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Jake Busey

Dana Patrick

Jake Busey


An Interview with Jake Busey

Actor Opens Up About Life and Upcoming TV and Film Roles


The son of actor and madcap TV personality Gary Busey, Jake Busey spent his childhood on film and television sets in Los Angeles. While he was introduced to the entertainment industry at a young age, the younger Busey’s own acting career began as a glimmer of inspiration in a Santa Barbara City College acting class. From SBCC to professional actors’ training, his career blossomed in the 1990s with roles in films such as Twister, Starship Troopers, and Enemy of the State. Addiction and eventual sobriety led Busey through a period of turbulence, but the last five years have shown an uptick in his artistic productivity. Busey is poised for a big year, with roles in television shows Agents of S.H.I.E.L.D. and the third installment of Stranger Things), as well as a role in the film The Predator, in theaters September 14. I recently spoke with Busey over the phone about his life and work.

Tell me about your experience in Santa Barbara. I went to Santa Barbara City College …. I took an acting class, and it was one of the oddest experiences I’ve had in my life. The entire class, we’d crawl on the floor, pretending we were a snake or a cat in the jungle. We did all this silly stuff through the whole semester, but at the end, [the instructor] said, “Here’s your final exam … it’s a performance.” She hands everyone a full-page monologue …. We hadn’t done any work with words, or standing movement, or vocalization, or anything! We’d only crawled on the floor! It was insanity! I was scared to death.

Do you spend time here now? I haven’t been up there in a while. I lived in Ventura from 2002 to 2007. It wasn’t as cool as Santa Barbara, and it was too far from L.A. I had to move back to L.A. to get my career back on track. It’s been a long road back, but now I’m on Stranger Things and Agents of S.H.I.E.L.D., and The Predator movie is coming out this fall.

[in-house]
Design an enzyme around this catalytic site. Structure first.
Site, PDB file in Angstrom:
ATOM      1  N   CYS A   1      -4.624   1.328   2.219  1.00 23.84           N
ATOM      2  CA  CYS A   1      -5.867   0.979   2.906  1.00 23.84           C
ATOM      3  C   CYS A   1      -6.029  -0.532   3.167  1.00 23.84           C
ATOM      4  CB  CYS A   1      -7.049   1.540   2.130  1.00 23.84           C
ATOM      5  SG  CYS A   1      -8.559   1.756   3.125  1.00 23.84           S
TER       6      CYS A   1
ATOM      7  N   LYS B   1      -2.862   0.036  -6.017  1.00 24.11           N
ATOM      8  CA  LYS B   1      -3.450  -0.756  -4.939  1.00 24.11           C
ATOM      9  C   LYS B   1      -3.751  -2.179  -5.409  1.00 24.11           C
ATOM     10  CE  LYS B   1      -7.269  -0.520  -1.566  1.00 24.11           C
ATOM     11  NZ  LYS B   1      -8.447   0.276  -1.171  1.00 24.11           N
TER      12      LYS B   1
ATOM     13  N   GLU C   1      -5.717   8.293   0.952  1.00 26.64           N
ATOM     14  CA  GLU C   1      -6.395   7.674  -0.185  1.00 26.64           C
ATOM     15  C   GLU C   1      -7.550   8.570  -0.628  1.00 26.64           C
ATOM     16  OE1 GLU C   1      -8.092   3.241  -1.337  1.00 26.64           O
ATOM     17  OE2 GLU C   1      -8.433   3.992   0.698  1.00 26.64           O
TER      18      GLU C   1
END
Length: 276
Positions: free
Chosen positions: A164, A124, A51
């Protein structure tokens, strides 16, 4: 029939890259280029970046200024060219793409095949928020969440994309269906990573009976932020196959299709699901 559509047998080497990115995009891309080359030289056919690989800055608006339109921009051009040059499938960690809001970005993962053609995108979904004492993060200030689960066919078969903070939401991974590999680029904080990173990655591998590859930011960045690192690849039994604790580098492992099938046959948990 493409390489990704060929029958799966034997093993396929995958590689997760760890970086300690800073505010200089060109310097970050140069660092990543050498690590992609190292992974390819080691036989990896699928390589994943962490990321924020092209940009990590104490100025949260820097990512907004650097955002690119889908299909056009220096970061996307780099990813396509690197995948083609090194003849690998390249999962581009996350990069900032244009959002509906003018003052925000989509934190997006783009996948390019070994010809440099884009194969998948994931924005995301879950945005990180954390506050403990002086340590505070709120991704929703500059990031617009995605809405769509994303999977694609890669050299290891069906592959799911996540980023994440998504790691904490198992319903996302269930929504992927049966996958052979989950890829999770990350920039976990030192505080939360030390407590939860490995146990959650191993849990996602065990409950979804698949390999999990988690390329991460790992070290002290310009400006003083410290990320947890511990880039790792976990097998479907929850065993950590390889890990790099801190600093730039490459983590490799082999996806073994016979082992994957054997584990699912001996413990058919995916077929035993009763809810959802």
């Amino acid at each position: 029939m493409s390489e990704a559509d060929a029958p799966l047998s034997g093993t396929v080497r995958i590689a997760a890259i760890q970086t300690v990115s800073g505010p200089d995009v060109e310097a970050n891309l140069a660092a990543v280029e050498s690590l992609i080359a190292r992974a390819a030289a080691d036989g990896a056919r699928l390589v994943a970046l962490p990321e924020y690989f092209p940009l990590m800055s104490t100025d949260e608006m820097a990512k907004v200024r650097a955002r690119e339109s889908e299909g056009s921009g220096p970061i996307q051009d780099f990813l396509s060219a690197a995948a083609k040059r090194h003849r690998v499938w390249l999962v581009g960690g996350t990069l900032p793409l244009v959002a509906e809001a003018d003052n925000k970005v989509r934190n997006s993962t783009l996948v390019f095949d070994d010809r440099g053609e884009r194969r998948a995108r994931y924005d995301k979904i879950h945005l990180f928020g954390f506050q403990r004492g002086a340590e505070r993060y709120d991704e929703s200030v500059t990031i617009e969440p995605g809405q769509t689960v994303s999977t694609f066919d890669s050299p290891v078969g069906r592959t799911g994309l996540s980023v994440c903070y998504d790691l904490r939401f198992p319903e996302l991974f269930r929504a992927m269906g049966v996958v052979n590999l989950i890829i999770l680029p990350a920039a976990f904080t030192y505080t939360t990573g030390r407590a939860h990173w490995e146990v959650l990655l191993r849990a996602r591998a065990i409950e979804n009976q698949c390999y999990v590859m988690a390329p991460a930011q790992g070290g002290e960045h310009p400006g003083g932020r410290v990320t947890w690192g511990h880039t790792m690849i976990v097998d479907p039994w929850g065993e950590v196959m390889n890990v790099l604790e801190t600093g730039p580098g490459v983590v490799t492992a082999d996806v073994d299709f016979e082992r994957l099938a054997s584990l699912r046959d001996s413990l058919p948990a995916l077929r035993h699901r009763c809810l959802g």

How was working on Stranger Things? It was a trip. … I had already seen two seasons of it, was already a fan, and so therefore was quite intimidated by the whole notion of it. Everyone’s super cool. It’s a young crew, and they’re on the forefront of the entertainment industry at this point — they’re having to write the book on how things are done. Like, we had a two-hour-long meeting with the Netflix human resources department that described how to behave on a film set.

Have you ever had a meeting like that before? No … but in light of the #MeToo movement and everything that’s going on politically and socially, they want to make sure nobody feels abused or marginalized or anything like that while at work. And we’ve got kids on the set. We gotta keep things PG for the folks who are in the PG age range.

Movie sets are a tough environment, and people make jokes because they’re going through stressful, tumultuous experiences together, and jokes keep the mood up. … But this is a work environment, not summer camp. It’s really good that Netflix is bringing in HR to make sure everyone knows the rules of the game.

Tell me about the new Predator movie. The Predator comes out September 14. It’s the first A-list film I’ve done in quite some time, and it’s really the first time I’ve done a movie that’s full-blown nepotism. It’s entirely because of my dad [Gary Busey, who starred in Predator 2]. I owe a big thanks to him and a big thanks to the writer/director, Shane Black. It’s going to be a fantastic iteration of the Predator franchise. It harkens back to the original two movies. I’m really thankful to have been a part of this movie. There was a while in the ’90s when I had a #1 movie at the box office every summer for about five years; then things changed.